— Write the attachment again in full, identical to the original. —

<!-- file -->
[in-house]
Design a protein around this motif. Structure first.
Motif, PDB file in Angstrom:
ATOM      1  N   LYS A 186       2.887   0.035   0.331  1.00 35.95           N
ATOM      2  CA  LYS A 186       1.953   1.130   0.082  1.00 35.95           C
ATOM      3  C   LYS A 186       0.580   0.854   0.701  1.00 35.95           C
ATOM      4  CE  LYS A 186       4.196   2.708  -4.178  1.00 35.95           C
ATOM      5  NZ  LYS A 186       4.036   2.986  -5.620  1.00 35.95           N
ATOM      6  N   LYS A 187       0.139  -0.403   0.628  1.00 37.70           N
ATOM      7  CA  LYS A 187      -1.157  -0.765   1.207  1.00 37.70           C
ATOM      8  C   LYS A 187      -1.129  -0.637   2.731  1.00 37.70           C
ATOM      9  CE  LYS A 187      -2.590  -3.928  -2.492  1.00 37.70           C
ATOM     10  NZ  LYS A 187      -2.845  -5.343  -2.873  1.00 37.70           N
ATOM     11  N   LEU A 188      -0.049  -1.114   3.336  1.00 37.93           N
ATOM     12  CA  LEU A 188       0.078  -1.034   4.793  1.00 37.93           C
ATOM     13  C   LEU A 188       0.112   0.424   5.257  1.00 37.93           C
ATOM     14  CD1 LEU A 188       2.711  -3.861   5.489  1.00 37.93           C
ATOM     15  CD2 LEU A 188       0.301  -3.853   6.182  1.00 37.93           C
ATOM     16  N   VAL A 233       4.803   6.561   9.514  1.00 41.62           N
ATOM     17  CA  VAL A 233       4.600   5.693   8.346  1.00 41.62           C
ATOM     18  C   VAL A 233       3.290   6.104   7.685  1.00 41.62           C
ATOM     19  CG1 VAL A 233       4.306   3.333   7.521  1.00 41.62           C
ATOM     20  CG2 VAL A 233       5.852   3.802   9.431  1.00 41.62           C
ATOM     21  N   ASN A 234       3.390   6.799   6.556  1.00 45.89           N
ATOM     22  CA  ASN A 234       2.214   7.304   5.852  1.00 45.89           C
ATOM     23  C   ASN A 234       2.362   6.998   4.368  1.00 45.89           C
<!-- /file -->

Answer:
[in-house]
Design a protein around this motif. Structure first.
Motif, PDB file in Angstrom:
ATOM      1  N   LYS A 186       2.887   0.035   0.331  1.00 35.95           N
ATOM      2  CA  LYS A 186       1.953   1.130   0.082  1.00 35.95           C
ATOM      3  C   LYS A 186       0.580   0.854   0.701  1.00 35.95           C
ATOM      4  CE  LYS A 186       4.196   2.708  -4.178  1.00 35.95           C
ATOM      5  NZ  LYS A 186       4.036   2.986  -5.620  1.00 35.95           N
ATOM      6  N   LYS A 187       0.139  -0.403   0.628  1.00 37.70           N
ATOM      7  CA  LYS A 187      -1.157  -0.765   1.207  1.00 37.70           C
ATOM      8  C   LYS A 187      -1.129  -0.637   2.731  1.00 37.70           C
ATOM      9  CE  LYS A 187      -2.590  -3.928  -2.492  1.00 37.70           C
ATOM     10  NZ  LYS A 187      -2.845  -5.343  -2.873  1.00 37.70           N
ATOM     11  N   LEU A 188      -0.049  -1.114   3.336  1.00 37.93           N
ATOM     12  CA  LEU A 188       0.078  -1.034   4.793  1.00 37.93           C
ATOM     13  C   LEU A 188       0.112   0.424   5.257  1.00 37.93           C
ATOM     14  CD1 LEU A 188       2.711  -3.861   5.489  1.00 37.93           C
ATOM     15  CD2 LEU A 188       0.301  -3.853   6.182  1.00 37.93           C
ATOM     16  N   VAL A 233       4.803   6.561   9.514  1.00 41.62           N
ATOM     17  CA  VAL A 233       4.600   5.693   8.346  1.00 41.62           C
ATOM     18  C   VAL A 233       3.290   6.104   7.685  1.00 41.62           C
ATOM     19  CG1 VAL A 233       4.306   3.333   7.521  1.00 41.62           C
ATOM     20  CG2 VAL A 233       5.852   3.802   9.431  1.00 41.62           C
ATOM     21  N   ASN A 234       3.390   6.799   6.556  1.00 45.89           N
ATOM     22  CA  ASN A 234       2.214   7.304   5.852  1.00 45.89           C
ATOM     23  C   ASN A 234       2.362   6.998   4.368  1.00 45.89           C